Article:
In Eugene, roughly 50 public defenders and attorneys marched downtown in support of the Black Lives Matter (BLM) movement. The protest was part of a national effort for attorneys to support the BLM protests.
Starting on Oak St., supporters walked from the Lane County Courthouse to the Federal Courthouse. At both locations, they kneeled for 8 minutes and 46 seconds—the amount of time a white police officer had his knee on the neck of George Floyd.
From there, attorneys walked to the Lane County Jail where detainees inside the facility could be seen waving down at the protesters.
Some of the local attorneys work for the Lane County Public Defender’s office, the Federal Public Defender's office, the Civil Liberties Defense Center, as well as private lawyers in the community.
Executive Director of the Lane County Public Defender’s office, Brook Reinhard, has been an attorney for 10 and a half years. He said it was important to protest today because he wanted to call attention to the inequities in the police department and the judicial system.
“Many of our clients don't receive justice,” said Reinhard. “And what's happened nationally has just led to an increased focus on all the ways in which police officers can and should do better, and why some of our funding priorities are misplaced. We're spending so much on police, but we're not spending that much on mental health care or public parks or things that would actually benefit us more.”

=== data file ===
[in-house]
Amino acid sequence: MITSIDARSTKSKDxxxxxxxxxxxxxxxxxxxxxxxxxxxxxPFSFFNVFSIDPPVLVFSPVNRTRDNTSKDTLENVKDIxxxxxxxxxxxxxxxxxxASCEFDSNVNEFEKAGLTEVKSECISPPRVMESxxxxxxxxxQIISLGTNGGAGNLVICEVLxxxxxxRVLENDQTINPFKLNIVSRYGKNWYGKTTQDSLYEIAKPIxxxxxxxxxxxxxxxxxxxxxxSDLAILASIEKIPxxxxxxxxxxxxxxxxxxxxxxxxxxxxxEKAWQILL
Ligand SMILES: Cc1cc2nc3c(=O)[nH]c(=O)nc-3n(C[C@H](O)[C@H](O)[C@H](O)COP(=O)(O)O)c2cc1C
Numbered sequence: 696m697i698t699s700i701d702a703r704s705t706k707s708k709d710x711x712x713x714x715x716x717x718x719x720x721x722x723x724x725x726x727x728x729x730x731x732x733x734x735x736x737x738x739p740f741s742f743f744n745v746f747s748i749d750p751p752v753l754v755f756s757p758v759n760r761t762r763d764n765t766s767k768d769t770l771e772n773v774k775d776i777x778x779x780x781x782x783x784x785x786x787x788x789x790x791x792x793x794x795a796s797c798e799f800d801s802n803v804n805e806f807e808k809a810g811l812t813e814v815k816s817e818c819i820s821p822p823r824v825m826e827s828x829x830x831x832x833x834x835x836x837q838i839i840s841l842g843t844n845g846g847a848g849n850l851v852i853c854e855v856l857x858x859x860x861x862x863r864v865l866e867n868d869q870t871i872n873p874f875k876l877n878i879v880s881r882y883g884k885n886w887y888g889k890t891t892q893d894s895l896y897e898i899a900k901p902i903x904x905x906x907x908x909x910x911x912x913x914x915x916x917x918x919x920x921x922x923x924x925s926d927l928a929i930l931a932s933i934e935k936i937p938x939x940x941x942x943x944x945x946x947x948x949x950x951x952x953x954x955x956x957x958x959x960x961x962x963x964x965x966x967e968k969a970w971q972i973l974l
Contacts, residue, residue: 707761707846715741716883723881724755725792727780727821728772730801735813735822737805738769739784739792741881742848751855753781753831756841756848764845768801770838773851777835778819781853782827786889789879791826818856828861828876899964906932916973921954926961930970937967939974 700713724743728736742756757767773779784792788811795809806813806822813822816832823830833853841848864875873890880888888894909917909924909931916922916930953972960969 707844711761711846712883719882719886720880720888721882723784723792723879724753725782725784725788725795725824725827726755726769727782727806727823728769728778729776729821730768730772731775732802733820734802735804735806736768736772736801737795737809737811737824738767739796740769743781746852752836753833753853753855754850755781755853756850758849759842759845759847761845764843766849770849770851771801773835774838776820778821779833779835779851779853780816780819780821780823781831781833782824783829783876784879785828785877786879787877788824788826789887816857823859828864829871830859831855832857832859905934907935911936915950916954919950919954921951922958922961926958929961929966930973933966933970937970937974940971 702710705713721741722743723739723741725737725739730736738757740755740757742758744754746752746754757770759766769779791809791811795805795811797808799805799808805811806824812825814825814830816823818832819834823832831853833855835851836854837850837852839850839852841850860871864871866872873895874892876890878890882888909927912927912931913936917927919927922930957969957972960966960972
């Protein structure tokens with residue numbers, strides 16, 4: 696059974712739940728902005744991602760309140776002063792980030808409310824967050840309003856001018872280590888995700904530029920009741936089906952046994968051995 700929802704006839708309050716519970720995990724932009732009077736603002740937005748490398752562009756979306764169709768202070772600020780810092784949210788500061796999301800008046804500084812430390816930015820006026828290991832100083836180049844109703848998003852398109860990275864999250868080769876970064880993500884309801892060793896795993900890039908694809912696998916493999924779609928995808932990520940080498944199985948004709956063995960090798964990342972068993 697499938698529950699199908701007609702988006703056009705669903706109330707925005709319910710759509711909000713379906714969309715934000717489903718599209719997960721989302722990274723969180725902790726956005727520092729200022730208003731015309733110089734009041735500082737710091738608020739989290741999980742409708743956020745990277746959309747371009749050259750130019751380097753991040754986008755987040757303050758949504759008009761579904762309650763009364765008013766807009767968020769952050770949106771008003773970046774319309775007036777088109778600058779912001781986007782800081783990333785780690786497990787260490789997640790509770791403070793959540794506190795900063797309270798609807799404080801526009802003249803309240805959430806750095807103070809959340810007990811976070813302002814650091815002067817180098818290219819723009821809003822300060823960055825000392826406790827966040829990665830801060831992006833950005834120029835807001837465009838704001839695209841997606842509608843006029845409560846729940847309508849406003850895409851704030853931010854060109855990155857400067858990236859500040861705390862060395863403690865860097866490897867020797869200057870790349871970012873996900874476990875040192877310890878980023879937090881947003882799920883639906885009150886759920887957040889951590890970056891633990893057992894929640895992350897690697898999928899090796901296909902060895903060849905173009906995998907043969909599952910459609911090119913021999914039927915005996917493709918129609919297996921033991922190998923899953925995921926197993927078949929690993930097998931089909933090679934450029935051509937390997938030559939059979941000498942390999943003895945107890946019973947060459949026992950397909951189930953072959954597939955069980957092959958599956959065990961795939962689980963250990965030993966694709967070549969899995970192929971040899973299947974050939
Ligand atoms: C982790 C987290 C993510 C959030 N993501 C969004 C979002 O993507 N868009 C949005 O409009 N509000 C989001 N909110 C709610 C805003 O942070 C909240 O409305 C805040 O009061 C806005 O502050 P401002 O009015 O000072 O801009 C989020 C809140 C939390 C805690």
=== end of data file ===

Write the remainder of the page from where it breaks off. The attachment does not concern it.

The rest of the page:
And for that reason, Reinhard said he wanted to make sure the public knows where they stand.
“We fight for our clients every day in court, but we want to make sure that our clients know that we're also willing to be out there on the streets, organizing for them and with them when we can,” said Reinhard.
Since Eugene residents are roughly 83% white, some people may be unaware of the racism and police brutality that takes place locally. Although racial inequities may not be publicized as often as other cities, Reinhard said injustice is still present in Eugene and Oregon.
“It's hard to see some of the same perspective here locally as nationally, because we're such a homogenous community because of Oregon's racist past in excluding African-Americans from the community,” said Reinhard. “[But] there's still injustice that goes on every day here, and we just wanted to highlight that.”
Reinhard also referenced the April 20 United States Supreme Court decision, Ramos vs Louisiana, which made it unconstitutional to have non-unanimous juries for felony cases. The only states that were impacted by this decision were Oregon and Louisiana because all other 48 states had already stopped using non-unanimous juries.
“Oregon was the only state in the Union where you could have someone convicted with less than all 12 jurors,” said Reinhard. “And it makes a huge difference when they're so few people of color in our community.”
Reinhard said supporting people of color and having diversity in the community is critical now more than ever.
“If a single juror of color is removed, you might have an all-white jury,” said Reinhard. “And before, that was lawful if the prosecutor could come up with a race-neutral reason. But now with unanimous juries, having that perspective from someone who is not white—who has a different perspective—actually may affect a verdict and stop someone from being convicted when not everybody in the jury agrees.”
After leaving the Lane County Jail, attorneys finished their march by going back downtown to their offices.